Monoclonal immunoglobulin G1 directed against Aspergillus fumigatus cell wall glycoprotein protects against experimental murine aspergillosis

Chaturvedi, A.K.; Kavishwar, A.; Shiva Keshava, G.B.; Shukla, P.K.

Clinical and Diagnostic Laboratory Immunology 12(9): 1063-1068


ISSN/ISBN: 1071-412X
PMID: 16148172
DOI: 10.1128/cdli.12.9.1063-1068.2005
Accession: 004241148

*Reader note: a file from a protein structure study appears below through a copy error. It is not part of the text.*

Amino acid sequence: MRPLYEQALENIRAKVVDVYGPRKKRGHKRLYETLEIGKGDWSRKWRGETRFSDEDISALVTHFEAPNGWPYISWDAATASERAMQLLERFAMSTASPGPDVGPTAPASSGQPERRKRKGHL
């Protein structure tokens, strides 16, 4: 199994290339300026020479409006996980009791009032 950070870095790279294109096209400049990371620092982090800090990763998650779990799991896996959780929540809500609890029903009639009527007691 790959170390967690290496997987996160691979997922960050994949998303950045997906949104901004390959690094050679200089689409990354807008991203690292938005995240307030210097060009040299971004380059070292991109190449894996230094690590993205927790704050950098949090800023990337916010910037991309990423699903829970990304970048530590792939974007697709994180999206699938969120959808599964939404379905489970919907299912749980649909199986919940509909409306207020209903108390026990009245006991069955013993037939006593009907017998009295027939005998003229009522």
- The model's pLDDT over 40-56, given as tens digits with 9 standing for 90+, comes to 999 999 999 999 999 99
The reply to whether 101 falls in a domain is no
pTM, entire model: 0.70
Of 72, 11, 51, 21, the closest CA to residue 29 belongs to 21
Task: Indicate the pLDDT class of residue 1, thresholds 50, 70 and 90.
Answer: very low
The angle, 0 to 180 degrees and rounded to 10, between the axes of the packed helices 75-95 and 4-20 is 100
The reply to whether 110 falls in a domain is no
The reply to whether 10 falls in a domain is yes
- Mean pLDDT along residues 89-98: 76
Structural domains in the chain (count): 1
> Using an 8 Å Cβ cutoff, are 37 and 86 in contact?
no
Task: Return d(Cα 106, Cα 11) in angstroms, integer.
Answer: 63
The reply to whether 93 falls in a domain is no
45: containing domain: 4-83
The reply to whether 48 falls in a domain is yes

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Most of the biological functions related to pathogenicity and virulence reside in the fungal cell wall, which, being the outermost part of the cell, mediates the host-fungus interplay. For these reasons much effort has focused on the discovery of useful inhibitors of cell wall glucan, chitin, and mannoprotein biosynthesis. In the absence of a wide-spectrum, safe, and potent antifungal agent, a new strategy for antifungal therapy is directed towards the development of monoclonal antibodies (MAbs). In the present study the MAb A9 (immunoglobulin G1 [IgG1]) was identified from hybridomas raised in BALB/c mice immunized with cell wall antigen of Aspergillus fumigatus. The immunoreactive epitopes for this IgG1 MAb appeared to be associated with a peptide moiety, and indirect immunofluorescence microscopy revealed its binding to the cell wall surface of hyphae as well as with swollen conidia. MAb A9 inhibited hyphal development as observed by MTT [3-(4,5-dimethythiazol-2-yl)-2,5-diphenyltetrazolium bromide] assay (25.76%), reduced the duration of spore germination, and exerted an in vitro cidal effect against Aspergillus fumigatus. The in vivo protective efficacy of MAb A9 was also evaluated in a murine model of invasive aspergillosis, where a reduction in CFU (>4 log(10) units) was observed in kidney tissue of BALB/c mice challenged with A. fumigatus (2 x 10(5) CFU/ml) and where enhanced mean survival times (19.5 days) compared to the control (7.1 days) and an irrelevant MAb (6.1 days) were also observed.